Adjacent colors are called analogous colors. These colors can be used to vary tone or create highlight. If red is a dominant color, it can be softened by using red-orange or red-violet. You can see how colors can set a mood and reflect light. Pairing opposite colors can create a vibrant look. Toning a color down with white or deepening it with black also adds to a look. Although they are not on the color wheel, neutrals, such as tan, white, grey and black, are used to soften or contrast color. The pattern and color of curtains can be used to complement, enhance or dominate the color scheme of a room, all based on the science of the color wheel.
Contrast Warm and Cool
As you select colors for your curtains and accessories, consider how colors affect feelings and comfort. Colors evoke feelings of warmth and coolness. Cool colors include blues, greens and violets. Cool colors are associated with water, sky and grass. They are calming and soothing, appealing to the intellect. Warm colors include yellows, oranges and reds. Warm colors denote heat, fire and sunshine. They are stimulating, appealing to the emotions. Looking at the color wheel, we see that warm and cool colors are on opposite sides of the wheel. This is because each color absorbs and reflects light differently. Light colors reflect light more than dark colors do.
Black and white also denote warmth and coolness. White is cool, and black is warm. Neutrals do not have much pizzazz by themselves even though particular shades may have warm or cool hues. However, when paired with color, they add sophistication and excitement or tone down intensity.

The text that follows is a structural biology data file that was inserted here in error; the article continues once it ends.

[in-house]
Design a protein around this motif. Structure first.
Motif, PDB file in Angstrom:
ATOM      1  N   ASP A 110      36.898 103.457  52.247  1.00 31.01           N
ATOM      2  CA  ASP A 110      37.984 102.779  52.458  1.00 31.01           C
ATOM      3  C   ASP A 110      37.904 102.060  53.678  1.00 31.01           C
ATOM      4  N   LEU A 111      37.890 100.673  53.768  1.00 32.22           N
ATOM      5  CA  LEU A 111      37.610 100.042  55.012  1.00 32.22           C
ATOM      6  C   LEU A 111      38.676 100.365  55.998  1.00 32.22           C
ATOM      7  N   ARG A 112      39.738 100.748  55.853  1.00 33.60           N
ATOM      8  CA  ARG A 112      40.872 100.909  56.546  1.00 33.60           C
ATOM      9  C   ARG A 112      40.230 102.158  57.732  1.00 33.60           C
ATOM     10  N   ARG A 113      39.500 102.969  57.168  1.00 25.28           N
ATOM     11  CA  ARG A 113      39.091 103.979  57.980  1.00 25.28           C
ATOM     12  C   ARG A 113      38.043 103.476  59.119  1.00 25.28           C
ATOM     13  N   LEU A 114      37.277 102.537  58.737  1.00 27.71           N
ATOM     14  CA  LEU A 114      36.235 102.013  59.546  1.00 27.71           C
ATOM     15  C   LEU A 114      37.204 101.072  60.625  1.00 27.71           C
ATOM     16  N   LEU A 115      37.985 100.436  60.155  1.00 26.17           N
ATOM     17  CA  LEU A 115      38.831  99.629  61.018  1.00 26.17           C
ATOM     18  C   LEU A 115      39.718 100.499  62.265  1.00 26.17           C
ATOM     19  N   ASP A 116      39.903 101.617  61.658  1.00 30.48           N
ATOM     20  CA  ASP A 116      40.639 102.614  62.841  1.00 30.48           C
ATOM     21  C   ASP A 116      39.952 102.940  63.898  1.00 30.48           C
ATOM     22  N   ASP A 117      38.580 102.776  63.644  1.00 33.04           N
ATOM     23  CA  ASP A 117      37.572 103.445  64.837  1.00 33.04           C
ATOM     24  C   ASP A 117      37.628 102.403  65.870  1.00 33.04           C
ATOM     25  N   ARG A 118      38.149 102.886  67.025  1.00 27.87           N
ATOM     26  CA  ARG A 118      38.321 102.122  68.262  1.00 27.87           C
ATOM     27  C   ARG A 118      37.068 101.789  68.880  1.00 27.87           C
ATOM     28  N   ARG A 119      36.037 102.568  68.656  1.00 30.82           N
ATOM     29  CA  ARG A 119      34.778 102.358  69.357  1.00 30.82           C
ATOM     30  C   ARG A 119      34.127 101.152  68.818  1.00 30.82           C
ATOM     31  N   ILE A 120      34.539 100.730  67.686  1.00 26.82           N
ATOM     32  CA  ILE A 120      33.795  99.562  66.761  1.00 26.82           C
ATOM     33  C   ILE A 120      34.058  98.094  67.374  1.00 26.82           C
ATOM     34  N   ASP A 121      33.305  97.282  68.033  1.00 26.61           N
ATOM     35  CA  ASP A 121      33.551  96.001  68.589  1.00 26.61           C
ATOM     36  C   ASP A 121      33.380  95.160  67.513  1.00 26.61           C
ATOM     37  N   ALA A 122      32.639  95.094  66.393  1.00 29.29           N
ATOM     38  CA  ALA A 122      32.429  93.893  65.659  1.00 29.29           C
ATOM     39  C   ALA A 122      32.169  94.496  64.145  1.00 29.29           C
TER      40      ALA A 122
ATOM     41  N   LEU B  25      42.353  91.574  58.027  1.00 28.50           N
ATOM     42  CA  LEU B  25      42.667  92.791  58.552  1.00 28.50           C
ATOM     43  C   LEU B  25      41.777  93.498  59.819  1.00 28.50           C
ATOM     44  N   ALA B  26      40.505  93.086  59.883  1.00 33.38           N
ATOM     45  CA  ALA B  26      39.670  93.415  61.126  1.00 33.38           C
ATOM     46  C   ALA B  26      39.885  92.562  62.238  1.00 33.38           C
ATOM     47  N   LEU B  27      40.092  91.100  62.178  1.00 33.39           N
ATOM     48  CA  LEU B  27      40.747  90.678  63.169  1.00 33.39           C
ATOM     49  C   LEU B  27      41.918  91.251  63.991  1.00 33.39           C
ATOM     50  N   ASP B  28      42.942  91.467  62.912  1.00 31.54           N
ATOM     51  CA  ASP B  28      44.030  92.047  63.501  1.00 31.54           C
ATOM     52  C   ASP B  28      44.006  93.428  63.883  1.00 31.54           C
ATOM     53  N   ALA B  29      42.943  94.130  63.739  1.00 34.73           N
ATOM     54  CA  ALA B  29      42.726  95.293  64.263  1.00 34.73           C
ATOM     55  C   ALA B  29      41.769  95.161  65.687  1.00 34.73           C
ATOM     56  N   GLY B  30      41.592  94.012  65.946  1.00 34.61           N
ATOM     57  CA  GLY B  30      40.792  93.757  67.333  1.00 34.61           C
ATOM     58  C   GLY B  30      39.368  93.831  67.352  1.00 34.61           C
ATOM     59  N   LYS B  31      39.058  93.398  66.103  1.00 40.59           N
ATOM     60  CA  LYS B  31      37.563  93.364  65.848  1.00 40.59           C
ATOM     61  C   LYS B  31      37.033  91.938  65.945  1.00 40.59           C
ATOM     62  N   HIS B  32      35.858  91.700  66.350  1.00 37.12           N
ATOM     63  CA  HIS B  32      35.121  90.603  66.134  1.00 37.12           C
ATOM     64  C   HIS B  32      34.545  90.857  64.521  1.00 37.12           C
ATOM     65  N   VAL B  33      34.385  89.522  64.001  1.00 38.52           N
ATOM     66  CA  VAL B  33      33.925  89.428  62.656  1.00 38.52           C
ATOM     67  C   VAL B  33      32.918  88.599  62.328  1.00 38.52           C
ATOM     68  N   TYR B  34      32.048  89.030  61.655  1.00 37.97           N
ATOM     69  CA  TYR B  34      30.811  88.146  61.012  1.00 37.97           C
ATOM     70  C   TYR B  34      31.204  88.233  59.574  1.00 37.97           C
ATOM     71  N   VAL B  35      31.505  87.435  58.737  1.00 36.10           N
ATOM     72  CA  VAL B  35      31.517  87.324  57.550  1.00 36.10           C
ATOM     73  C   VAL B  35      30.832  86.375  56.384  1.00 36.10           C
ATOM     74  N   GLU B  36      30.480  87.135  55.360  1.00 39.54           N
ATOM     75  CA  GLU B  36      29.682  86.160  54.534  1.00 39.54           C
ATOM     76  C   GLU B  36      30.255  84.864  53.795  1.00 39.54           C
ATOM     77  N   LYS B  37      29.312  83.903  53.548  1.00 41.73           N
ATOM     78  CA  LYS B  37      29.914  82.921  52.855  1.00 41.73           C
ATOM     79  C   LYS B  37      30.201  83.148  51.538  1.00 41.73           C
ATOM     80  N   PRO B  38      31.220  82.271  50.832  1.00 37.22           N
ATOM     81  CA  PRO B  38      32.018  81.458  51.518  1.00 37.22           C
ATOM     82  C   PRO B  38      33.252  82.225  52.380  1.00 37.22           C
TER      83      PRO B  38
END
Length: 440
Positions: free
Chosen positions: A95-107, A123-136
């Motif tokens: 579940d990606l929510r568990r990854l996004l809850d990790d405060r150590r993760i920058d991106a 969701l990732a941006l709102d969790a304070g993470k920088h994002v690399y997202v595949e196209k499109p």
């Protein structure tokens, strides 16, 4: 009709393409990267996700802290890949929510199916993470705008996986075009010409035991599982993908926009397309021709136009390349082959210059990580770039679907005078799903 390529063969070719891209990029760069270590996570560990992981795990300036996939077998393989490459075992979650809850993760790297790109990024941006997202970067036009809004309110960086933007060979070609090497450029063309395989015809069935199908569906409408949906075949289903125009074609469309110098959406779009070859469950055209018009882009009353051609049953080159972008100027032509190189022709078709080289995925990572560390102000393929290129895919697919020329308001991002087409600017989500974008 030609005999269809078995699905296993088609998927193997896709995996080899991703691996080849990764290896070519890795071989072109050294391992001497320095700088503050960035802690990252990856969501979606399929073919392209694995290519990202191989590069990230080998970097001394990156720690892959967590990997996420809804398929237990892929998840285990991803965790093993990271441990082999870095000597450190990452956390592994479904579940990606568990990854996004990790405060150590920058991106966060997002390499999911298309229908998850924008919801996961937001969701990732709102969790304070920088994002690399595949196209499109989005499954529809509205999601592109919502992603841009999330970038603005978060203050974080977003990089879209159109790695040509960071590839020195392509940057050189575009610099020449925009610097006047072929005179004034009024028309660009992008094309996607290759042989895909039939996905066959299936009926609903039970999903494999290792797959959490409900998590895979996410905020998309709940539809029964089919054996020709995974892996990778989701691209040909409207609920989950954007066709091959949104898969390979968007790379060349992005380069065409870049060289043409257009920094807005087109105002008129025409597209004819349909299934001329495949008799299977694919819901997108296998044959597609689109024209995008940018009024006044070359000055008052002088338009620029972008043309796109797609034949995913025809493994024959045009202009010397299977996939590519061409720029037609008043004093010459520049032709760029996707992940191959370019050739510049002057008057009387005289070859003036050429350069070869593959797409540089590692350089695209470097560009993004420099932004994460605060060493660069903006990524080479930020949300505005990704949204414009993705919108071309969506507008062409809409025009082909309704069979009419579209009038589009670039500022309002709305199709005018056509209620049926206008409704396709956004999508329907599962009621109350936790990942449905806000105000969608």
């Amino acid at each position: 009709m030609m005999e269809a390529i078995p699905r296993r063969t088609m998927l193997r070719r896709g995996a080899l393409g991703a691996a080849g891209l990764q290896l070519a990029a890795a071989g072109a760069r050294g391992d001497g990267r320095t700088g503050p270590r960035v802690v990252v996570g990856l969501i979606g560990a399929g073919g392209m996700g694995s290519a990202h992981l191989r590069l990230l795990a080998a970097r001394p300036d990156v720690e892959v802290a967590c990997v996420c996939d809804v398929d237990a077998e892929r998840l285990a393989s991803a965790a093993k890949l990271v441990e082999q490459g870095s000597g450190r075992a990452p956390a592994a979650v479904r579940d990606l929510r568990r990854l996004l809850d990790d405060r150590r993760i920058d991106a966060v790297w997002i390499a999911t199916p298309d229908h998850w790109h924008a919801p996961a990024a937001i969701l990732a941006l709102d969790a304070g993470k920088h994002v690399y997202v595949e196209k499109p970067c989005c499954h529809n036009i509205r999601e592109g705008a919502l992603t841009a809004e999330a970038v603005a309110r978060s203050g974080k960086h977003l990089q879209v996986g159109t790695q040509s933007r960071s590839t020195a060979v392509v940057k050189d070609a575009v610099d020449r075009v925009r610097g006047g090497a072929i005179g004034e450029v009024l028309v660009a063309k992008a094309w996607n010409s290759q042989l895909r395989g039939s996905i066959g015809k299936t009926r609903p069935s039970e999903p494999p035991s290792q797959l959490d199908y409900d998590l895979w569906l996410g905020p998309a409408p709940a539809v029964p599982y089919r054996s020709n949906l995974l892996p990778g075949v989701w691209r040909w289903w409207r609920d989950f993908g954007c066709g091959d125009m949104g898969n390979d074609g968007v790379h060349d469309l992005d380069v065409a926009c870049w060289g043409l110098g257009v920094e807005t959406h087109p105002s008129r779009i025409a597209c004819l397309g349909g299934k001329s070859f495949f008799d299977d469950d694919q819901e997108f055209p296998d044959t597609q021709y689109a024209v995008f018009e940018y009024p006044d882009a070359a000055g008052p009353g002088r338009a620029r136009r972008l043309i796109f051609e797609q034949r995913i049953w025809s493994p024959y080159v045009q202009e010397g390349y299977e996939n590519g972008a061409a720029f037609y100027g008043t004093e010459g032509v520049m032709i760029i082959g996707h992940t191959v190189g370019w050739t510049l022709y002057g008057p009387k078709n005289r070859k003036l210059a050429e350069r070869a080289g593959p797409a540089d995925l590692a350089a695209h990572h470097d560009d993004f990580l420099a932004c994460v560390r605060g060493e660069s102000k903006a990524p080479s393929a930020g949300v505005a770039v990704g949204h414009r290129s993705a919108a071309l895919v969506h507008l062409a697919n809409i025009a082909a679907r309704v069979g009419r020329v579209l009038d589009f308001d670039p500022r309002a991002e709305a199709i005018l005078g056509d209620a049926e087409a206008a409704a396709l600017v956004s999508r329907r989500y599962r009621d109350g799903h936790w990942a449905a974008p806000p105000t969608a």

By contrasting warm and cool colors, you can play up mood and enhance a feeling of comfort. If you live in a hot climate, go with cool colors at the windows of living rooms and bedrooms. If you live in a cool climate, warm colors at the window will contribute to a feeling of warmth indoors.
Pairing curtain color with the room's purpose contributes to the ambience. Deep, warm colors such as burgundy complement dining rooms, where guests want to feel cozy. Often bathrooms and bedrooms are decorated in cool colors because these are places where you want to relax. Bright red curtains at a bedroom window may affect your sleep. The key is balance. If your walls and flooring are in cool colors, try warm colors for curtains and accessories to balance the look.
Go With Your Feelings
If you like a color, explore it. Almost any color can be used if attention is paid to scale, intensity of hue and how it is combined with others. Analogous colors on the color wheel are often considered to clash, such as using red and orange together. However, if you use an analogous color for a hint of contrast or to lessen the intensity of the hues, it can work. In the 60-30-10 scheme, a fourth color can be added by splitting the secondary color.
If in doubt, take color swatches home. See how your choices match wall color, floor coverings and furnishings. Think about the mood the colors and patterns will set. If you have antique carpets for flooring, you may prefer to let them be the focal point. Use one of the carpet's secondary colors at the windows to complement and enhance. If your floors are herringbone wood, a paisley drapery in rich colors will complement both the pattern and the warmth of the wood.
Your living space should reflect your taste and lifestyle. Although there are basic rules that help bring a space together, ultimately it has to appeal to your sense of beauty. Explore your tastes and experiment. If you have a basic palette to work with, accessories and window coverings can be easily changed to reflect seasons, mood and taste.